A paradigm is a way of thinking about things. For the past 60 or so years, our thinking about mental health and illness has been dominated by what can be referred to as the “DSM (Diagnostic and Statistical Manual of Mental Disorders) paradigm.” What this looks like in everyday practice is that when a child is referred to my behavioral pediatrics practice for anxiety, the questions that parents, referring doctors, and teachers ask is, “Does he have anxiety disorder?” followed by “How to we manage his behavior?” and “Does he need medication?”
The DSM paradigm has been useful as a way of organizing our thinking. But it is important to recognize that these “disorders” of anxiety, depression, ADHD are simply lists of symptoms that tend to go together. They do not correspond to any known biological processes in the way that, for example, diabetes is a result of lack of insulin.
When the DSM system was first created, we did not have the powerful health insurance and pharmaceutical industries that we have today. Because of the existence of these entities, we are currently in a position of being forced into a very narrow view of mental health and illness.
The DSM system is a black-and-white paradigm, with only the possibility of “normal” or “disordered.” According to the DSM paradigm, if the answer to the first question about my anxious patient is “no,” and there is no diagnosis, then there is no insurance coverage, and no help. But clearly such a family is struggling.
We need a paradigm shift: a fundamental change in approach and underlying assumptions. A new paradigm is needed that gives room for the complexity that we have learned from the abundance of research at the interface of developmental psychology, neuroscience and epigenetics.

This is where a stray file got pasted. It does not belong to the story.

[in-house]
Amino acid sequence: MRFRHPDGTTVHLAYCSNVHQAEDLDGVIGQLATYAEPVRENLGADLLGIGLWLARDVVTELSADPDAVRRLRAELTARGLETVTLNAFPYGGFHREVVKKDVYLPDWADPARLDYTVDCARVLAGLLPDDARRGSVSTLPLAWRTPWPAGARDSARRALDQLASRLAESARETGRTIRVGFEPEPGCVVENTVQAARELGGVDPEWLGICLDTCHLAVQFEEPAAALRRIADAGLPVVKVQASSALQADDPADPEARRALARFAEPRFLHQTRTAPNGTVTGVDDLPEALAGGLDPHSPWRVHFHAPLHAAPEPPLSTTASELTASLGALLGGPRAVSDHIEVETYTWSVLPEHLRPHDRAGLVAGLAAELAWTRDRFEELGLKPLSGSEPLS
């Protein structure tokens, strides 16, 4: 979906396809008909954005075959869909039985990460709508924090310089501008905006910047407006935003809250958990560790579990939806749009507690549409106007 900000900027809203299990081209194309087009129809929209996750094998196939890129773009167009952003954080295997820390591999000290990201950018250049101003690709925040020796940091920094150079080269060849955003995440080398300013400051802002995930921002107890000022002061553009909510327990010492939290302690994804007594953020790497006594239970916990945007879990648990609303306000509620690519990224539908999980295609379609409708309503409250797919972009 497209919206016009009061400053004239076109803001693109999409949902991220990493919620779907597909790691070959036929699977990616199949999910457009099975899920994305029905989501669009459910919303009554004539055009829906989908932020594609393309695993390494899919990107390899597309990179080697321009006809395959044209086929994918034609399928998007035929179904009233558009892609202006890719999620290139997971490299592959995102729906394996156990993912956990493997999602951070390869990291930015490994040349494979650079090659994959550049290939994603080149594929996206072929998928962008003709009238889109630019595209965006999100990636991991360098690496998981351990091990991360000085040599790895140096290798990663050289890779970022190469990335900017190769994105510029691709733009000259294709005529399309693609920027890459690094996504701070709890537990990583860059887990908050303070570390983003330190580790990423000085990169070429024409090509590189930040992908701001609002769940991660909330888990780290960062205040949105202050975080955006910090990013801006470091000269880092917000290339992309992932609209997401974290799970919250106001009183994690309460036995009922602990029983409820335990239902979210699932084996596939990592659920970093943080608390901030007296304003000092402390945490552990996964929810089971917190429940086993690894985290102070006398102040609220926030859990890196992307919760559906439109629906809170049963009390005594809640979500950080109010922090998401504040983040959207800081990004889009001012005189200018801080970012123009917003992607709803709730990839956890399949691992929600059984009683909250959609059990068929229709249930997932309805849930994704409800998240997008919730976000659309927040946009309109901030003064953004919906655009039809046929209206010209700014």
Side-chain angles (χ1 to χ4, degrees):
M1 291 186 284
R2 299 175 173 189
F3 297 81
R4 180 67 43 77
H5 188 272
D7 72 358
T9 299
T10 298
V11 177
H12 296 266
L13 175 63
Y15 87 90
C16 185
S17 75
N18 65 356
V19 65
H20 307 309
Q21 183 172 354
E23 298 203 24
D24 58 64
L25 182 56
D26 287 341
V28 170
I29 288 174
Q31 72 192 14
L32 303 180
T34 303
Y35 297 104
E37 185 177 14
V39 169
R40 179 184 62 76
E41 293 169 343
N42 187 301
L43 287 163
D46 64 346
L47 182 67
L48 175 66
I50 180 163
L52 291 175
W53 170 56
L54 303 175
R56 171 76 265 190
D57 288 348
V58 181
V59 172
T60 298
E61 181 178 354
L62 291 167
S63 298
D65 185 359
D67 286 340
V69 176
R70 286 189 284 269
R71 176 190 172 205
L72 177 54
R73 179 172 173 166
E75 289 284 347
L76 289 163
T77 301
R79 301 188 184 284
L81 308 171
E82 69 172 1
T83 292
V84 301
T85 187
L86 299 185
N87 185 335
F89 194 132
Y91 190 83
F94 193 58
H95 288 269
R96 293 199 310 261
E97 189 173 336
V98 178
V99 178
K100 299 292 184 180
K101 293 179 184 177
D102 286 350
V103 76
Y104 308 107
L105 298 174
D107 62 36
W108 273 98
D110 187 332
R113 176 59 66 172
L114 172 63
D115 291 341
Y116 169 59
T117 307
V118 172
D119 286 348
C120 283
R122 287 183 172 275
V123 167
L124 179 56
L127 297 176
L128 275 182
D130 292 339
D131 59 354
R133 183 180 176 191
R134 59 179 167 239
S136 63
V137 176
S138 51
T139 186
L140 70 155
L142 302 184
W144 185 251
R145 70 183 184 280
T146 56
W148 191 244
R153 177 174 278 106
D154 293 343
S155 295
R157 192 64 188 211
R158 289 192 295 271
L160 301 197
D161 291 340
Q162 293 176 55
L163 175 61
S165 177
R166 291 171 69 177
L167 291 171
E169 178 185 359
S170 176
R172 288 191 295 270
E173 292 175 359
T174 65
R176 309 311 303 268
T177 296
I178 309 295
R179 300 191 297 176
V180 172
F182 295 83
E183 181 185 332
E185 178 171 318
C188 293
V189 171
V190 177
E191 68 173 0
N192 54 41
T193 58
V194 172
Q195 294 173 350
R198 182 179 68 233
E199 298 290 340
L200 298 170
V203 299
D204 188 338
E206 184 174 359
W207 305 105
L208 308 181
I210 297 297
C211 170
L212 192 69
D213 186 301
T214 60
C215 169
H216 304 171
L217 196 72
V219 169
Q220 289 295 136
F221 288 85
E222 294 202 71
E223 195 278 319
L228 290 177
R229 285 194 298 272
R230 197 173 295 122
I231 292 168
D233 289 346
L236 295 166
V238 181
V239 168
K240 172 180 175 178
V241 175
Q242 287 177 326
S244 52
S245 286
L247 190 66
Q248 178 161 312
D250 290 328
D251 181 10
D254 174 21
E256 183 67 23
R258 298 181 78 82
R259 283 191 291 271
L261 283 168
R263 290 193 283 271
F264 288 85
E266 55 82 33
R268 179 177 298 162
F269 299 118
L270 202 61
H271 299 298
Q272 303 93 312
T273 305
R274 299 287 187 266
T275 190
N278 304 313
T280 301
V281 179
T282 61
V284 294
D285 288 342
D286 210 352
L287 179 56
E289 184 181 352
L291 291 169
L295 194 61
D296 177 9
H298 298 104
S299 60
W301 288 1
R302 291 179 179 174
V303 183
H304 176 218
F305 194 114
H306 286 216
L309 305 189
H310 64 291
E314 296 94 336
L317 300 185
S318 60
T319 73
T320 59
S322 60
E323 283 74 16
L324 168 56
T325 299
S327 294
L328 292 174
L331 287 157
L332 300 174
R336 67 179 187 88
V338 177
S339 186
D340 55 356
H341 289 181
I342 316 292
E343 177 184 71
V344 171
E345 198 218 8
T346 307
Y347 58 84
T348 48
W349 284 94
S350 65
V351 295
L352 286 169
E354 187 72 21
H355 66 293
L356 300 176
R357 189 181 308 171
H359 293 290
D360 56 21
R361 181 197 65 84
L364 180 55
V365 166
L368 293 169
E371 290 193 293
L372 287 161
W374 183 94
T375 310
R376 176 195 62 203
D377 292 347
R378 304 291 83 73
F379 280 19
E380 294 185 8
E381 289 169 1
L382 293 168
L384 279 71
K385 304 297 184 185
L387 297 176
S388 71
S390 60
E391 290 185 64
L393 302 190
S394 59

The child noted above may have a strong family history of anxiety traits. He may have a strong genetic vulnerability for anxiety. However, if a parent who shares these traits was slapped across the face for her “difficult behavior” when she was a child, she may become so overwhelmed with stress in the face of her child’s challenges that she is unable to help him to manage his anxiety. Marital conflict, perhaps exacerbated by the stress of a child who is struggling, can further add to the complexity. The environment in which this child grows and develops will determine the way in which his genetic vulnerability is expressed.
As I described in a previous post, the growing discipline of Infant Mental Health offers just such a paradigm. This discipline is characterized by four key components. First and foremost, it is relational, recognizing that humans (and that includes their genes and brains) develop in the context of caregiving relationships. Second, it is multidisciplinary. Experts in infant mental health offer different perspectives. They come from many fields, including, among many others, developmental psychology, pediatrics, nursing, and occupational therapy. Third, it encompasses research, clinical work and public policy. The field looks at mental health within the context of culture and society. And last, it is reflective, looking at the meaning of behavior, not simply the behavior itself. The ability to attribute motivations and intentions to behavior is uniquely human, and research has shown that this capacity is closely linked with mental health.
This paradigm gives us a way to organize our thinking about the problems of the family I describe above. It offers a path to treatment, namely to support the efforts of the child’s parents to recognize the complex meaning of his behavior. Once parents feel heard and understood, and have the opportunity to make sense of their child’s behavior, they will be better able to help him manage his anxiety. They might involve him in physical activities or creative activities that help him to feel calm in his body. They might get help for their own relationship. They might work together with the child’s teachers to strategize about how to support him in the school setting.
A number of years ago, thanks to my first book, Keeping Your Child in Mind, I had the honor of being invited to give the Paul A. Dewald lecture at the St Louis Psychoanalytic Institute. My book is about the idea that rather than jump to “what to do” about a child’s behavior, it is important to simply “be” with that child; to think about that child. As I prepared the talk I came to recognize that the same holds true for our whole system of mental health care. Before we can plan “what to do” to apply the wealth of research I refer to above, we must first recognize that we need to “think” differently. We need to embrace a paradigm shift. An important first step is to name it as such.
Mad in America hosts blogs by a diverse group of writers. These posts are designed to serve as a public forum for a discussion—broadly speaking—of psychiatry and its treatments. The opinions expressed are the writers’ own.